(note: For the entirety of this article I’ll be referring to flat panels as an encompassing term for all fixed-resolution displays: LCD, plasma, DLP projectors etc)
Flat panels are outstandingly clear and, essentially, unbeatable when they’re running in their native resolution. That is, if your flat panel runs at 1024 x 768 and your games are running at 1024 x 768, then your visual experience will be unparalleled. They’re a damned sight more clear than those old fashioned heavy displays made of massive vacuum tubes, spraying electrons willy nilly against a wall of phosphors.
Flat panel displays have, however, a few fundamental problems when it comes to gaming: Their pixels don’t stretch and they can muck with the image too much, robbing it of vibrancy.
If you’re running a game on a flat panel that’s not the panel’s native resolution, it’s going to abuse that image until it fits the screen, and the result is very ugly. A CRT won’t do that. This is one of the critical differences between flat panels and CRTs.
Consider the following image (Dracula XX, SuperNES). It’s displayed on a widescreen CRT TV. The original image is a normal aspect (4:3) image. Also shown are a widescreen and a wide/zoomed version of the same image on the same screen.
This is the critical advantage of a CRT monitor over a flat panel: they can adjust the distance between pixels vertically, and stretch the pixels horizontally, without any loss of detail. CRTs accomplish this by changing the speed of their old-fashioned electron beams. If a flat panel needs ten fewer pixels in an image, it resamples and rebuilds the image to stretch it to the fixed number of pixels it can display. A CRT just spaces out the pixels a little bit so they fill the screen without degrading the image.
Put another way, the CRT can adjust the size of the image without degrading it. Because it’s an analogue system a CRT can simply redirect the signal on the fly, without changing the signal itself. A flat panel, most of the time already sampling the entire image before displaying it, has to re-scale the entire image before display. This is like capturing live TV into a PC or onto a VCR – it never looks as good as the original. Modern flat panels employ all kinds of processing to make images look better, and here’s where they falter again: They’re not designed to polish computer graphics, the designers assume most people will be watching movies or TV, and the image manipulators are tailored to this belief.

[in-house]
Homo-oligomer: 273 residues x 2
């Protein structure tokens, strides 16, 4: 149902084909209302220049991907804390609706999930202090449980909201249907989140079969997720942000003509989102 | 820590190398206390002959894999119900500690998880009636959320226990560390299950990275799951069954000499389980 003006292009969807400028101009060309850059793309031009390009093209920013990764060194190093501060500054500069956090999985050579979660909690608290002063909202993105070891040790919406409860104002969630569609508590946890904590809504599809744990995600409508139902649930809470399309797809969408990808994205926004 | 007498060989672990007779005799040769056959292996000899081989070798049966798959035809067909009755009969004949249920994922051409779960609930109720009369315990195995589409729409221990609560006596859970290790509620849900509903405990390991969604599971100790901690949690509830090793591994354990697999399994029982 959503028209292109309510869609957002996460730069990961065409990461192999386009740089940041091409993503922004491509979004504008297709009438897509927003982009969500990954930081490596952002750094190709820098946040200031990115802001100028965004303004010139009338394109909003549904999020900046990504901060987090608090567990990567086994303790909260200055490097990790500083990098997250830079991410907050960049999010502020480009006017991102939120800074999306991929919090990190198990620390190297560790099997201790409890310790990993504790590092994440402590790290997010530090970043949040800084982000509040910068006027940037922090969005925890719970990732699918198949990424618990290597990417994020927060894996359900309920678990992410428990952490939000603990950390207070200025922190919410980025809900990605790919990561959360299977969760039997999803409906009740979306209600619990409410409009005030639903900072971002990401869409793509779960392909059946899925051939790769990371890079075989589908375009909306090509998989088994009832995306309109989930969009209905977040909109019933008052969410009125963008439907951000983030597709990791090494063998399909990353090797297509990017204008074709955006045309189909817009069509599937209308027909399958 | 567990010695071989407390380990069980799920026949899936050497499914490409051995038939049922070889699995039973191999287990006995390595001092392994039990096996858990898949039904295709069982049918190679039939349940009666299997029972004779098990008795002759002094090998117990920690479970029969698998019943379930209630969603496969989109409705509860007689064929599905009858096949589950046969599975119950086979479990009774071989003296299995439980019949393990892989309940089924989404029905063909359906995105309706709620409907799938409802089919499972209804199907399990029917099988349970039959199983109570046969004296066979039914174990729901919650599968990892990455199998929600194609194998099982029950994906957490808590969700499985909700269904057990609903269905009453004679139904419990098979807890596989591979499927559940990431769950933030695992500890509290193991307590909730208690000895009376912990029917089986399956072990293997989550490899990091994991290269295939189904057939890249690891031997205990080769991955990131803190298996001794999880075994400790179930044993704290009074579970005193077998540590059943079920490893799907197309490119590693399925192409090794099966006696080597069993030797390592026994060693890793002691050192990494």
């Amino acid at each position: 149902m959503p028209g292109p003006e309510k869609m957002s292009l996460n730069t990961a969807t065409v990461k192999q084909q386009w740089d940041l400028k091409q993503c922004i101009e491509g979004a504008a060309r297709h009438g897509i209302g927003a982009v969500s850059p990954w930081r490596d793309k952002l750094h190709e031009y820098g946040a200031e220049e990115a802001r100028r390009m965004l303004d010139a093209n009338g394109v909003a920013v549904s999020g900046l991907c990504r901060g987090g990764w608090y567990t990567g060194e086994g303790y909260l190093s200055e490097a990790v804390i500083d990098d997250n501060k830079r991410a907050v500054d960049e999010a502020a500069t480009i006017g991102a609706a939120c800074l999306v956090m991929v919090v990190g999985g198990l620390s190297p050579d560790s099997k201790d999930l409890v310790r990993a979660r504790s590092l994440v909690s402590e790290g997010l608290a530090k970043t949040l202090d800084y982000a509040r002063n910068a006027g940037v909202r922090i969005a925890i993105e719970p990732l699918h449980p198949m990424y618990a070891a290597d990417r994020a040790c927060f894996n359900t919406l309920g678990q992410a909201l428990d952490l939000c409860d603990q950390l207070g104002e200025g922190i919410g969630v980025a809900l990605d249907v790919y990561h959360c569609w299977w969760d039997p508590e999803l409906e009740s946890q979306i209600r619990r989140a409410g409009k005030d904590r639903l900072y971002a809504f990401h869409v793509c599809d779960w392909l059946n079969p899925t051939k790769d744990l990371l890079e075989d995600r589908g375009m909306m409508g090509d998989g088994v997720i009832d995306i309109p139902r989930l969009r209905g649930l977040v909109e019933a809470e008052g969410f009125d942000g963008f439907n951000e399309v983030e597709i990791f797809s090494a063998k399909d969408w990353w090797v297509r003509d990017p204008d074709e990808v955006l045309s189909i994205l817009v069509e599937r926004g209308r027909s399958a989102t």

Of course PCs don’t have this problem, with their new-fangled digital connections amd tuner-free monitors, but they do have the same problem when it comes to displaying an image that’s not the display’s native resolution. You can run a game at 800×600 on a flat panel, but it looks like ass compared to the brilliant clarity of images running at the native resolution.
It’s all about scaling. Have a look at our friend Mario. These images are enlarged for clarity, but show what happens to an image that is scaled up from a smaller source.
The original has been hard scaled evenly, so that every pixel receives a whole-number increase in vertical and horizontal size. The middle version was soft scaled, averaging each pixel with its neighbors to achieve a result that approximates the original. This kind of soft scaling works very well on photos and movies, but not on games. The version on the right was hard scaled by 50%, so that every second pixel was increased in size. As you can see this hard scaling technique works well only if the new image is enlarged by whole numbers. Any attempt to hard scale without exactly doubling (or tripling, quadrupling etc) the original image results in this ugly, misshapen Mario.
These next images were created with an emulator, and illustrate the problem LCDs face when trying to display non-native resolutions. They simply cannot cope by spacing out or stretching the pixels, they have to re-sample the image. This not only makes the image blurry, it makes it less vivid, robbing it of contrast and saturation.
In the above image our hero Wonder Boy looks as good as his creator intended on the left. The version on the right was soft scaled in order to appear larger on an LCD monitor. It’s immediately obvious that the new version is blurry and isn’t as vivid as the original. This soft scaling, where every pixel is averaged with its neighbors, works a treat on photographs and movies, but it’s clearly not sufficient for games. In the soft-scaled version on the right, which shows the identical section of the game screen, you can see the edge of an unseen door blending into the cropped image.
All LCDs, DLPs and Plasma screens apply this soft-scaling approach to image resizing. I’m not aware of any that allow you to opt for hard-scaling (or better, whole integer hard scaling). Some will allow a player to view the origina, un-enlarged image, but even this is unsatisfactory, as you can see:
The above image shows a 1280 x 1024 monitor playing a 256×224 Sega Genesis game. Without integral hard-scaling the image will be ugly and a poor substitute for the original, but modern flat panel displays do not consider this important. Indeed, on modern polygonal games which are typically anti-aliased and a bit blurry already, soft scaling doesn’t matter quite as much.
For retro player, the message is very clear: If you care about image quality, you won’t play your old games on a flat panel display.
Flat panel monitors have a lot going for them. They’re light, they’re flat, they’re thin, they hang on walls, they mount on thin pedestals. They’re also geometrically perfect – there’s no such thing as misconvergence on a flat panel, pincushion and skew adjustments are things your granddad rambles on about. They are pixel perfect for gaming – except that they’re totally not.
[ Dec 2 2006 ]
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